24/7 EMERGENCY PET CARE
Pet concerns leave owners worried
Some animal emergency services offered in Port Alberni, but drive to Nanaimo may be necessary
Keri Sculland, Alberni Valley Times -Published: Wednesday, October 17, 2012
Pet owners in Port Alberni are becoming concerned with the distance they may have to travel in the event of an animal emergency after hours.
Since the spring, Port Alberni veterinarians have not offered 24-hour emergency care for pets. Previously, the four clinics in the city took turns being on-call for emergencies, but the system is no longer in place.
Carol Sexton and Jeanette Saxby are two concerned residents who are looking for a solution to their worries.
Carol Sexton has created a petition to reinstate on-call emergency care for pets in the Alberni Valley. Currently, owners must travel to Nanaimo most of the time to receive emergency care for their pets.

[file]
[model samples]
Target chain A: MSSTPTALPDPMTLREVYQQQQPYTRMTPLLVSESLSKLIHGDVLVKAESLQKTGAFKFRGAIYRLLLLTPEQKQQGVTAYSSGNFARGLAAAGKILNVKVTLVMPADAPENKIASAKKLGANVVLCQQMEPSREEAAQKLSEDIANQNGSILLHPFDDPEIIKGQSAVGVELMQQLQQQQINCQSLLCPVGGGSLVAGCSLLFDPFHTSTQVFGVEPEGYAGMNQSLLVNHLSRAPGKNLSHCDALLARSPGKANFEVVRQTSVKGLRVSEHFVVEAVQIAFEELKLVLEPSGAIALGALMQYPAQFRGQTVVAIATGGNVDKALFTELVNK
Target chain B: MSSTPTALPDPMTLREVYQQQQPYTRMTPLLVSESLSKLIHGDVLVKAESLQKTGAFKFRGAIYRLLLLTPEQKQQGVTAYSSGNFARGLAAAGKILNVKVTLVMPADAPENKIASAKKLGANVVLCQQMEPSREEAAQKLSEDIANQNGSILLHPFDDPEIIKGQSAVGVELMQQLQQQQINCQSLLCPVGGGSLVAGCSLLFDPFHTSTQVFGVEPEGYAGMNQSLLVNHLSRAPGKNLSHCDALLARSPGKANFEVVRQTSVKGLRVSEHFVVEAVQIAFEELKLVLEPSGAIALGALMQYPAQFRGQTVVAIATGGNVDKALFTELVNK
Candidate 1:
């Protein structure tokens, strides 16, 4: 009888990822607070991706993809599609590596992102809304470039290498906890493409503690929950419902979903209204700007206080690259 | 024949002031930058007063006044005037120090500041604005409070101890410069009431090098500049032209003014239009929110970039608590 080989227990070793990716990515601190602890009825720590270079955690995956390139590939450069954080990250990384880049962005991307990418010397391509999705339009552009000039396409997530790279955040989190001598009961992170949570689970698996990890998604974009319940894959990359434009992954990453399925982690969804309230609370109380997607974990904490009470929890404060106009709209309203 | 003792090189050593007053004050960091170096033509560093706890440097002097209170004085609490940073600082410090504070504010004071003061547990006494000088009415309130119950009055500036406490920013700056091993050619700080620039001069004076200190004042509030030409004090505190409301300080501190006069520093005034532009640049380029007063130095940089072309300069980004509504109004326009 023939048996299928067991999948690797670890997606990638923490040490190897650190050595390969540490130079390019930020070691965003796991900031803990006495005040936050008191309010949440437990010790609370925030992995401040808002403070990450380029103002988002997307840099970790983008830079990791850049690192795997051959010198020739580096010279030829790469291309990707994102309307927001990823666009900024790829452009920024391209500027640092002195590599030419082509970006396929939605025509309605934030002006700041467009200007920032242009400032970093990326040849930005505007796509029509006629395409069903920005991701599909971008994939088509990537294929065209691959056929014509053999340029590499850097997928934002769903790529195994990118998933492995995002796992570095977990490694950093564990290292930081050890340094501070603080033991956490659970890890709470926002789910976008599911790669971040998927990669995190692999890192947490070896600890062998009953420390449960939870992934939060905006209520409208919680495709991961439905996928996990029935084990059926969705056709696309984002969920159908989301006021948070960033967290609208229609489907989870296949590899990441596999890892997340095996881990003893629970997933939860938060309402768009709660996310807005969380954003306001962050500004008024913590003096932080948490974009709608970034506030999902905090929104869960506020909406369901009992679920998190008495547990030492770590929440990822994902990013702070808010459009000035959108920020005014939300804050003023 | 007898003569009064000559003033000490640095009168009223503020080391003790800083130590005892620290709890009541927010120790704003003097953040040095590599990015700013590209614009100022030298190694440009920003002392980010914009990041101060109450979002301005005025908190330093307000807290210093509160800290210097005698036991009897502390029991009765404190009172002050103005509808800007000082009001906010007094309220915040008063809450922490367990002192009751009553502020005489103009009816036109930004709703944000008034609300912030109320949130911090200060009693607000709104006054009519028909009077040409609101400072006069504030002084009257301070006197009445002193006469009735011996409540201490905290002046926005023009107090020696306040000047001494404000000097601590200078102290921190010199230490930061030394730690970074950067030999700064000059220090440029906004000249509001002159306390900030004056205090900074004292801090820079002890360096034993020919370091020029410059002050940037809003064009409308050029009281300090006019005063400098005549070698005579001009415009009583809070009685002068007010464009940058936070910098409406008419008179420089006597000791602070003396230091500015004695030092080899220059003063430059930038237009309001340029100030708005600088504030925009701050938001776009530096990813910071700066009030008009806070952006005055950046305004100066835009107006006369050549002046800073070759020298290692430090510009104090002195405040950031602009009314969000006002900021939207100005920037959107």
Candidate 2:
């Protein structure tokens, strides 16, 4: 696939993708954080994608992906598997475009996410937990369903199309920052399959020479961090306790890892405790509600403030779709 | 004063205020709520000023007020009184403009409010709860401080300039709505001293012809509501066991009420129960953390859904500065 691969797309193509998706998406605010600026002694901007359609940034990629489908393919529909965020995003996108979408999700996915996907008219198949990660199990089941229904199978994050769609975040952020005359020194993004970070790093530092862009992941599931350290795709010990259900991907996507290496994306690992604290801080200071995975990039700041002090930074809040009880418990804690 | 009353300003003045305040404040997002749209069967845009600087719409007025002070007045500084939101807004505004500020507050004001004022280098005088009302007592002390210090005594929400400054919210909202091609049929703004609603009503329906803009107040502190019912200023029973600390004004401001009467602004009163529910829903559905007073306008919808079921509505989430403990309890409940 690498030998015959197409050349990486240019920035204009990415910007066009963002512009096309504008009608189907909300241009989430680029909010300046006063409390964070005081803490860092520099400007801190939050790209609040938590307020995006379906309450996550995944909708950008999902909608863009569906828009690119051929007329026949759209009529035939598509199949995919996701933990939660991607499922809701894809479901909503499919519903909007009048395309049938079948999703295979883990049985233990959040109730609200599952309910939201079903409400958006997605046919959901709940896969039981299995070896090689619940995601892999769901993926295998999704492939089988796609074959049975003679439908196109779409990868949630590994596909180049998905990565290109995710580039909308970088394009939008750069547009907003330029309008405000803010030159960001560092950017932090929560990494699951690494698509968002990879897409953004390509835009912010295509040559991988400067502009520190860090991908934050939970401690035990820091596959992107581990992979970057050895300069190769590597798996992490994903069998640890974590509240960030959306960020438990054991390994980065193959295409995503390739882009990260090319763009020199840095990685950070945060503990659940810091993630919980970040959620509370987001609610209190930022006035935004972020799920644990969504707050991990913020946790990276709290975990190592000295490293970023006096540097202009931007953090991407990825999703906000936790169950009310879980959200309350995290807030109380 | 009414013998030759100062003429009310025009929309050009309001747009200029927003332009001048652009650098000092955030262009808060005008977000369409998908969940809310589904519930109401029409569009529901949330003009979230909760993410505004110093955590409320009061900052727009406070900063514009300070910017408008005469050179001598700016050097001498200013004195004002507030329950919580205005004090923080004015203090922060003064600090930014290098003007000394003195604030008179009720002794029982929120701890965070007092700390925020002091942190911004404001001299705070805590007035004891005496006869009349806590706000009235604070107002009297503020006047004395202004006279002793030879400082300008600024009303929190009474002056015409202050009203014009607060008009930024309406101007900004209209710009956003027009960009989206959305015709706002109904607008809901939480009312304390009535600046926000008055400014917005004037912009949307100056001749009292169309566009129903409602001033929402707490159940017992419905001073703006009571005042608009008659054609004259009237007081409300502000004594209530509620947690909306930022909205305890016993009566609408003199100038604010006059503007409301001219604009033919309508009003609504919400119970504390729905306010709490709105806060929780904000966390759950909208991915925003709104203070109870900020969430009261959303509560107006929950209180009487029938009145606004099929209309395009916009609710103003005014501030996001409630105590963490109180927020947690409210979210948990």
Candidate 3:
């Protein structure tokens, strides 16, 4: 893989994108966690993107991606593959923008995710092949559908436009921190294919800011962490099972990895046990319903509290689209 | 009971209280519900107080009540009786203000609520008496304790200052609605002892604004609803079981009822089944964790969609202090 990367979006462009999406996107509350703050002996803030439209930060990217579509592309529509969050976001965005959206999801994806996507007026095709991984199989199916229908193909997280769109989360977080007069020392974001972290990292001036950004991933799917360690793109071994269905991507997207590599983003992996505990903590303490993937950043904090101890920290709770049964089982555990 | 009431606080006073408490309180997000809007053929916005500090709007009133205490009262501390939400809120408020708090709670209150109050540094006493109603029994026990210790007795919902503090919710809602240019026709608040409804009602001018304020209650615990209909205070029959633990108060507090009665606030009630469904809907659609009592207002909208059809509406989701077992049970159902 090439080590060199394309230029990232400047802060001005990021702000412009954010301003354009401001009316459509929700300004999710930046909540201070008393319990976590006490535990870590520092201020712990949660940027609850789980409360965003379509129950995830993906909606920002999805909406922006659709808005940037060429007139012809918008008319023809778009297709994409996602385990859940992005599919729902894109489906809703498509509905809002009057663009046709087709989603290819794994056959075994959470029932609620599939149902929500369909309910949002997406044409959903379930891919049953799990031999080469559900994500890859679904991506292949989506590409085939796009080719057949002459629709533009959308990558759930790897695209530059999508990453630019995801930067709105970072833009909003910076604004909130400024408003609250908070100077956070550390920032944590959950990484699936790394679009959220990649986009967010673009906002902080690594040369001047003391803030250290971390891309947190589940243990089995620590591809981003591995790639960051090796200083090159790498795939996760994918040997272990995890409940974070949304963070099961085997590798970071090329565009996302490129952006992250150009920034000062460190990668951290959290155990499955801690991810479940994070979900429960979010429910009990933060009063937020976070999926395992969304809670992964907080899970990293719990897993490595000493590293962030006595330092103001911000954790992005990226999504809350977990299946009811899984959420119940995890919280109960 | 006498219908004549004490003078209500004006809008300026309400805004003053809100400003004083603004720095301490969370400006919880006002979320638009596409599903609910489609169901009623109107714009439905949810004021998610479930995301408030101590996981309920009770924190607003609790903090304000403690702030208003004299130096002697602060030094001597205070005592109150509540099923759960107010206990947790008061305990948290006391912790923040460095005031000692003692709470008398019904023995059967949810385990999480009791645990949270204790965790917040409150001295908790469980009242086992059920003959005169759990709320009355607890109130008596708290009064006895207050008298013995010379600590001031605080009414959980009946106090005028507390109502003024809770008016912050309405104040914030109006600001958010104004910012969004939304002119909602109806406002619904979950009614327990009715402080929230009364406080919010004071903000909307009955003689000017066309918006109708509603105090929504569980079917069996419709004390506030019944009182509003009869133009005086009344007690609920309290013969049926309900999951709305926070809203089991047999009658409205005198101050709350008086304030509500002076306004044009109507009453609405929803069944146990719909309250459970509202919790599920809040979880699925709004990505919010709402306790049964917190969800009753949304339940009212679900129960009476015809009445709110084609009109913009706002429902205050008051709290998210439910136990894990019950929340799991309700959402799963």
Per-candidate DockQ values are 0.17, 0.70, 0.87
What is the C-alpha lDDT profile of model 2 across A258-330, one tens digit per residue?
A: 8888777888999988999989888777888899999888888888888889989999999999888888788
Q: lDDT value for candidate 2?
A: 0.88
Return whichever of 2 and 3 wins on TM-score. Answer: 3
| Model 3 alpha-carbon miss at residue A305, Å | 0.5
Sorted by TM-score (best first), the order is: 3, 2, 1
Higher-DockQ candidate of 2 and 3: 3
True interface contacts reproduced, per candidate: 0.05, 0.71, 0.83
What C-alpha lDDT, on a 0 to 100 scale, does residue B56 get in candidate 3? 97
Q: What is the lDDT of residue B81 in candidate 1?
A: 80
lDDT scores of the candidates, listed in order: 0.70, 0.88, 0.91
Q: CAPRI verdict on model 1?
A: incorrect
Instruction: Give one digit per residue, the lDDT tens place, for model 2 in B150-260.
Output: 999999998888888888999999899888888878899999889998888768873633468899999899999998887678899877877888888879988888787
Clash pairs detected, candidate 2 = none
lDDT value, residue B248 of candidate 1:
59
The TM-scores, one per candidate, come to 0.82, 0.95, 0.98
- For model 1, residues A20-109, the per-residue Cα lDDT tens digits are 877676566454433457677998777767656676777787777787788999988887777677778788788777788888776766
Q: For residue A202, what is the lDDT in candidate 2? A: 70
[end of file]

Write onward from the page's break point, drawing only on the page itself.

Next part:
Last week, Saxby picked a cat up from the road that had been severely injured after being hit by a car. With nowhere to take the cat, Saxby brought it home and did her best to help it throughout the night.
Saxby, 70, is unable to drive at night. With her involvement in Sunshine Club, she understands that many pet owners might be in the same situation.
It is difficult for veterinarians in Port Alberni to provide emergency services, Dr. Patty Radcliffe from Pacific Rim Veterinary Hospital said that because the Nanaimo hospital deals specifically with emergencies, pets would receive better care from that clinic.